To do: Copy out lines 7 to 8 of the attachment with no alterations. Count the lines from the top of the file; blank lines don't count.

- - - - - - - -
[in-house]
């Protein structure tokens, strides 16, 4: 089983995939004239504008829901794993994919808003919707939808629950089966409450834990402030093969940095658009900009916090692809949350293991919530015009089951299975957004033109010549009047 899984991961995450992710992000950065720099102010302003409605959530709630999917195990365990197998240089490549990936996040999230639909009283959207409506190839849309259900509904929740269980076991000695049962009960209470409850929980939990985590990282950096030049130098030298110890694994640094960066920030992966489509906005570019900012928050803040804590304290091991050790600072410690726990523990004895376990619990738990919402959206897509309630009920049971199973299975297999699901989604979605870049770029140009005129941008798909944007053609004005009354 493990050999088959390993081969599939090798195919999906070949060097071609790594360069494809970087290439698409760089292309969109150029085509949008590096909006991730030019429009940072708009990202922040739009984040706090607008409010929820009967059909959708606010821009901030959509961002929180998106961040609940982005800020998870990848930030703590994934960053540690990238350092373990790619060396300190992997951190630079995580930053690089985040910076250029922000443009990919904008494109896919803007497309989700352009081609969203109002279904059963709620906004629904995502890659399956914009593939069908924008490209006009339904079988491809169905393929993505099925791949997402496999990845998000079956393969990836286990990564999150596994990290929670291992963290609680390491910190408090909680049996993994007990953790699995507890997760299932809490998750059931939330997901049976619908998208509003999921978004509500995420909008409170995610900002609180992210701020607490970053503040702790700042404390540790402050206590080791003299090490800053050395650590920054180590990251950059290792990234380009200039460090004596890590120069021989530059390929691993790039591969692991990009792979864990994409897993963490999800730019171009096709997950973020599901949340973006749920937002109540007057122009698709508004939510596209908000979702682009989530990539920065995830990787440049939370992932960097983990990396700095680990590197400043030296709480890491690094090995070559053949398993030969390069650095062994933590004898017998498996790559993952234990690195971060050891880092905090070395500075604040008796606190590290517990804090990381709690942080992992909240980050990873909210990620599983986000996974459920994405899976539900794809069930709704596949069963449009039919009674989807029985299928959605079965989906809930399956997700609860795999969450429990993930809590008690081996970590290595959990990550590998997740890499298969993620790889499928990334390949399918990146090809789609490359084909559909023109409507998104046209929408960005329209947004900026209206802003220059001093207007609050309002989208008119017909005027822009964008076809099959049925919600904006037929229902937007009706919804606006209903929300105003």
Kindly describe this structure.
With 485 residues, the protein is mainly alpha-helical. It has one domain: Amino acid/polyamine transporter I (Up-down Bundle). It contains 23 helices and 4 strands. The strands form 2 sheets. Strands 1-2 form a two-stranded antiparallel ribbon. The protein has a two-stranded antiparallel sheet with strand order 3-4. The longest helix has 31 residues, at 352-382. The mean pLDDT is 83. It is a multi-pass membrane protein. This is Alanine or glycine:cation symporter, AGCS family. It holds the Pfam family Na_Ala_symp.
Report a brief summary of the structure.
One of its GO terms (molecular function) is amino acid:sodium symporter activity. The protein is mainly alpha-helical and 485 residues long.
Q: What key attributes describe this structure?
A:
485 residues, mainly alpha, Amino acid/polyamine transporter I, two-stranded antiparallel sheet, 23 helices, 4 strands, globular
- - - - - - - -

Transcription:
Q: What key attributes describe this structure?
A: